Notes on the dangerous difference between science and political science
President Obama is visiting Alaska this week — a territory changing as rapidly as any on earth thanks to global warming. He’s talking constantly about the danger that climate change poses to the planet (a welcome development given that he managed to go through virtually the entire 2012 election without even mentioning it). And everything he’s saying is right: we are a nation, and a planet, beset by fire, flood, drought. It’s the hottest year in earth’s recorded history. July was the hottest month ever measured on planet earth.
But of course the alarm he’s sounding is muffled by the fact that earlier this year he gave Shell Oil a permit to go drill in the Arctic, potentially opening up a giant new pool of oil.
It’s as if the health teacher giving the anti-smoking talk to junior-high assembly had a Marlboro dangling from her lip.
To most of us this seems like a contradiction. But to the political mind it doesn’t, not really. In fact, here’s how David Balton, the State Department’s diplomat for ocean issues, explained it. On the one hand, he said, the idea that we should stop all Arctic drilling was “held by a lot of Americans. It’s not a radical view.” On the other hand, “there are plenty of people on the other side unhappy that areas of the Arctic, and areas on land, have been closed to hydrocarbon development by the very same president.”
So — and here’s the money quote — “Maybe that means we’re in the right place, given that people on both sides are unhappy with us.”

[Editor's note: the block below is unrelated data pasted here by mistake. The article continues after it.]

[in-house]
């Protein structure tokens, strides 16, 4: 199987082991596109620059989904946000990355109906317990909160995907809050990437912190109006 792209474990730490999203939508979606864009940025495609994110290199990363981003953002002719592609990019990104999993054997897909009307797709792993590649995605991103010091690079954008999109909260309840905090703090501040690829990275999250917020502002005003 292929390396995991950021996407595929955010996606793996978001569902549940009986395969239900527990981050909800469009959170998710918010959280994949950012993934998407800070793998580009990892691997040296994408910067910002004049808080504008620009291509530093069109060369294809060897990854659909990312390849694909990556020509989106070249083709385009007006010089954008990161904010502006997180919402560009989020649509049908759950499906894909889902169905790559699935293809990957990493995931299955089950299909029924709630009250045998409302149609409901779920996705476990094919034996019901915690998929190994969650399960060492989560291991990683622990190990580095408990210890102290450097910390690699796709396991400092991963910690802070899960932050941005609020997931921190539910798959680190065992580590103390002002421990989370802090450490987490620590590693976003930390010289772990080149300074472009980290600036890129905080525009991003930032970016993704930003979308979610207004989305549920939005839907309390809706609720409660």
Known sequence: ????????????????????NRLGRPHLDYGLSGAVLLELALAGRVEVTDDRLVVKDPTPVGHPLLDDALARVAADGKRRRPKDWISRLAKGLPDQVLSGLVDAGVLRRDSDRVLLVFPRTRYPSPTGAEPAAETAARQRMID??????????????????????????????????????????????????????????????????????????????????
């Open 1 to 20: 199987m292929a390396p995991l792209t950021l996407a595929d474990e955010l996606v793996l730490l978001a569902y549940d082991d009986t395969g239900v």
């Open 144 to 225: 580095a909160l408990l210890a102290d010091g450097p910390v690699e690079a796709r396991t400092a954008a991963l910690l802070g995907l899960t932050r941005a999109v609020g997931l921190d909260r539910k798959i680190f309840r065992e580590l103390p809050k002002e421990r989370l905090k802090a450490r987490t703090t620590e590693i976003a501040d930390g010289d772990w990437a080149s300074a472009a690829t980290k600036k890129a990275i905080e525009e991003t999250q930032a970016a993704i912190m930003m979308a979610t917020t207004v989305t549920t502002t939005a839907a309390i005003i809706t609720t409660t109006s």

Maybe. But probably not. Because here’s the thing: Climate change is not like most of the issues politicians deal with, the ones where compromise makes complete sense.
Down the hall from Balton’s office at the State Department, he has some colleague negotiating the Iran nuclear deal. By its very nature, a deal has two sides and you meet somewhere in the middle — to insist that Iran get nothing in return for giving up their nukes would be to kill the very idea of negotiations. That’s true in most encounters. If I want $30 an hour to work for your fast food restaurant, and you’d just as soon use slaves, then $15 an hour represents a workable compromise. We can come back in 5 years and negotiate some more. Be reasonable. One step at a time. Zealots make bad policy.
But climate change isn’t like that. Balton — and Obama, and almost everyone else in power — makes the same simple-but-deadly category mistake. They think the relevant negotiation is between the people who want to drill and the people who don’t. But actually, this negotiation is between People and physics. And therefore it’s not really a negotiation.
Because physics doesn’t negotiate. Physics just does.
Press link for more: Bill McKibben | medium.com